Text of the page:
Deer-hunting is patient work. As I followed my brother through the pitch-black woods, tippy-toeing through the leaves and sticks, scrambling over dead logs, carefully watching the beam from his flashlight ahead of me, it occurred to me that this could all be a big joke that Mark was playing on me. For example, was it really so crucially important that we tip-toe through the brush, as slowly as possible, the entire mile or so to his deer-blind? Were the deer really “bedded down all around us,” as he had assured me solemnly moments before we started? Was it truly that important that we get settled in the deer blind before dawn—yes, in the pre-dawn inky blackness—so as not to scare the deer? Or, as I was beginning to suspect, did he merely just want to see how seriously I’d take his deer-hunting tutelage?
There are many of my friends and family who still can’t believe that I went deer-hunting at all. I have a pretty soft heart where lovely animals are concerned, that much is well known. And, deer are lovely animals, with their soft fur and enormous limpid eyes and their white flashing tails. Furthermore, when I see a deer when I’m out and about, I’m not one of those people who automatically make a gun shape out of their fingers and pretend to shoot the deer (with sound effects). “KaBLAM!” You know the type. In contrast, I’m one of those people who say “Oh, look! How charming—a deer!” and then wish I had my camera with me. I’d rather draw a deer in my sketch book than shoot one.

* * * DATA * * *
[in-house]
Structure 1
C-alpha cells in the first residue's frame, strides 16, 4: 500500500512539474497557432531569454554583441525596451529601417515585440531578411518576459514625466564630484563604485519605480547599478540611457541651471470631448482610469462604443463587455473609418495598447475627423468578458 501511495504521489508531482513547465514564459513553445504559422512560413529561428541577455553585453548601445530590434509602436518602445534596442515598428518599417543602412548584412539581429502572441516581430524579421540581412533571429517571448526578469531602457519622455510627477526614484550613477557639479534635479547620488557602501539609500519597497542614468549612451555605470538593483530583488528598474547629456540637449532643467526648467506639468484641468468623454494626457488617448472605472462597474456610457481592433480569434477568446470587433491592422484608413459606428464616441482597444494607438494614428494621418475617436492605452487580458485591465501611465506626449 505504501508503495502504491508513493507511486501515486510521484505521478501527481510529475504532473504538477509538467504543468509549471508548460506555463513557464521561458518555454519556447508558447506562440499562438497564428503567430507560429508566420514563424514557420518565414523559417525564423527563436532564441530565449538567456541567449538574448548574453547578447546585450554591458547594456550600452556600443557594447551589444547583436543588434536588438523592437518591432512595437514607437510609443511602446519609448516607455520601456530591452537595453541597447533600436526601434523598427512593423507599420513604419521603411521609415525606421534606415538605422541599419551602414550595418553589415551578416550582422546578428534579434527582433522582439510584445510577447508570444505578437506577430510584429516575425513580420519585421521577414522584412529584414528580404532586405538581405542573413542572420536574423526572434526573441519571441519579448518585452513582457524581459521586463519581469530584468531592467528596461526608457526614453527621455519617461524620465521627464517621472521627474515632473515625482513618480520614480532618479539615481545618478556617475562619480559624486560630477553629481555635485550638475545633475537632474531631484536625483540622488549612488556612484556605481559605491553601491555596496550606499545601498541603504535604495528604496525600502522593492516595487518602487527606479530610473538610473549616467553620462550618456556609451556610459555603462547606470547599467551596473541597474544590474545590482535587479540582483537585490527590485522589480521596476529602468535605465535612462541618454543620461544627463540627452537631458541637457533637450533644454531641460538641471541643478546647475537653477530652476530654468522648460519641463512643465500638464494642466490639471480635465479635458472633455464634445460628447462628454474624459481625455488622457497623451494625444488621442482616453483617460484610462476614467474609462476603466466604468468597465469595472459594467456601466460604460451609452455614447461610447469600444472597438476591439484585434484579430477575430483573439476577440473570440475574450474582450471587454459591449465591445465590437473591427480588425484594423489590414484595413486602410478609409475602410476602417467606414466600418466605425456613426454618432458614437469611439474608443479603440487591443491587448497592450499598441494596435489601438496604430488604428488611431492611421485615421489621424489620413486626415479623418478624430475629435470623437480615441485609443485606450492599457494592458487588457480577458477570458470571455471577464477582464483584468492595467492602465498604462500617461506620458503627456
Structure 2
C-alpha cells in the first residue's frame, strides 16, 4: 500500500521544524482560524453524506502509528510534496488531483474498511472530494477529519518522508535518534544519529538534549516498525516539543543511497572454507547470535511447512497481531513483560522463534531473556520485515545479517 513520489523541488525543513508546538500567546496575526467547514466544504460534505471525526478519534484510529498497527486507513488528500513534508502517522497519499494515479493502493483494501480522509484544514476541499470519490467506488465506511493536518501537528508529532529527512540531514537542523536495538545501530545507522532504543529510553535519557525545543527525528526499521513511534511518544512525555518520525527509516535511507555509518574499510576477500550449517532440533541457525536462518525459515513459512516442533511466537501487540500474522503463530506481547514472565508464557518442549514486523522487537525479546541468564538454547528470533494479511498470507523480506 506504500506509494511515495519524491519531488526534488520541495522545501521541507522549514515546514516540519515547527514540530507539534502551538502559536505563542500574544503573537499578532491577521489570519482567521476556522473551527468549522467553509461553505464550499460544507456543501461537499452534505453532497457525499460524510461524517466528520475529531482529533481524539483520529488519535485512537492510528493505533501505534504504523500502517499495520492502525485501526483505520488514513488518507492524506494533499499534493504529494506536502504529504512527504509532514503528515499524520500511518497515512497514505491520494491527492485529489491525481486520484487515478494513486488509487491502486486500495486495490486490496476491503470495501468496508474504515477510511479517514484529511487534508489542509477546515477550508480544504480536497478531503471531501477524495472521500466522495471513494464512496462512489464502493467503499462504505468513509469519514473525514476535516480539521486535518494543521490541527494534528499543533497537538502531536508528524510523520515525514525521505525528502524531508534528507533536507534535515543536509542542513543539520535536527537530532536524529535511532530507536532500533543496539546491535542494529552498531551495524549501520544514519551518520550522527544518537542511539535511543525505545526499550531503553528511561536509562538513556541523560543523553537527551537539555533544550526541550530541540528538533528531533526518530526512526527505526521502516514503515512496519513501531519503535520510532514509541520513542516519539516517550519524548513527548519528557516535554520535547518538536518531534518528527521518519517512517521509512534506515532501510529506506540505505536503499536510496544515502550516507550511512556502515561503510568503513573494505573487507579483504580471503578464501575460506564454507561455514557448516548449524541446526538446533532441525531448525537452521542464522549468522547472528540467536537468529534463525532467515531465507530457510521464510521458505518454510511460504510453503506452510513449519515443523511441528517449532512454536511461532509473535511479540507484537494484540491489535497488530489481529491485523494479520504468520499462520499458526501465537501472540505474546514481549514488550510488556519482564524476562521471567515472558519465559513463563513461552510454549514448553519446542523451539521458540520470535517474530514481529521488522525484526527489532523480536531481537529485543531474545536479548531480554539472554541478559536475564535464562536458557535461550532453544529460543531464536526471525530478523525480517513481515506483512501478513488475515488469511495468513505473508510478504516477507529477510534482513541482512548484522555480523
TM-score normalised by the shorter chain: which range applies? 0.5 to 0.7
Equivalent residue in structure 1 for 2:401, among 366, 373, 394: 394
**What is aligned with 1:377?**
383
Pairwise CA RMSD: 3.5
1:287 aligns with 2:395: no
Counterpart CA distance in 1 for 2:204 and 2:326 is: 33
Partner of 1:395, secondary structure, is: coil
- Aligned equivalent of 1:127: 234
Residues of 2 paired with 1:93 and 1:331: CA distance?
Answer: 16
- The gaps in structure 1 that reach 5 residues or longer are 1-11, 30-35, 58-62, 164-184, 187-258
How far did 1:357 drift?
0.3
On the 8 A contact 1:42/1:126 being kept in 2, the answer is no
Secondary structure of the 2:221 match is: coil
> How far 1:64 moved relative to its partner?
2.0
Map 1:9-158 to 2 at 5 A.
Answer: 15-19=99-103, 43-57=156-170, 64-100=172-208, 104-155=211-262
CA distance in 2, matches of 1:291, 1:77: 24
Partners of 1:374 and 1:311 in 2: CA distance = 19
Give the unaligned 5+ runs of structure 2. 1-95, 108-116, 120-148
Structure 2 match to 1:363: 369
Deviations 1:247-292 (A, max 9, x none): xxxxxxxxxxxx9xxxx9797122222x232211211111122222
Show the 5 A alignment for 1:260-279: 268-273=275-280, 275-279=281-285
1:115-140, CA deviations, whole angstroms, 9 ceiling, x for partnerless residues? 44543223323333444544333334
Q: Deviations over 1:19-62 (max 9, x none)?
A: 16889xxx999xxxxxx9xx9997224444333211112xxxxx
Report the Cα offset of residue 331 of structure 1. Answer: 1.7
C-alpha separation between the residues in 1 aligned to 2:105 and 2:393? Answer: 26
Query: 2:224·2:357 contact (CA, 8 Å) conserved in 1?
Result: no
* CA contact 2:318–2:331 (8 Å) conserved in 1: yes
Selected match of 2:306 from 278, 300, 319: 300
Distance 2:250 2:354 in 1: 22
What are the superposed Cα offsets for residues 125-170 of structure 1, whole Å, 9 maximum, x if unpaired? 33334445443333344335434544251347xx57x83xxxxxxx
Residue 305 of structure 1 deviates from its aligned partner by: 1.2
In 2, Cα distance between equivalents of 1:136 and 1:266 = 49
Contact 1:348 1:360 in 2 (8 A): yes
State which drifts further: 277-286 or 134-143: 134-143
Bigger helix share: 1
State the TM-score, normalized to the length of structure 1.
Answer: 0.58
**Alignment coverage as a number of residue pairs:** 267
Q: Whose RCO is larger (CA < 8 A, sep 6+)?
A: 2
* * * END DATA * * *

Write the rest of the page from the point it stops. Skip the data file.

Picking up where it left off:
That said, my brother Mark had been pestering me, ever since the day I mentioned my resentment of the hungry herds of deer that regularly ravaged my little orchard, to join him in a pre-dawn deer hunt. He had promised me some deer meat when (not if) we got “our” deer, so I couldn’t resist. I do like venison, and if by losing a few hours of sleep I could get some, then so be it.
The reason I hadn’t immediately leaped at the hunting opportunity was because of the “pre-dawn” part. The only place I really want to be in the inky black, cold and lonesome pre-dawn hour is snuggled down in my warm bed, unconscious to the cares of the world. However! There are adventures to be had in the pre-dawn hour (I hear), and I’m all for partaking in adventure, from time to time.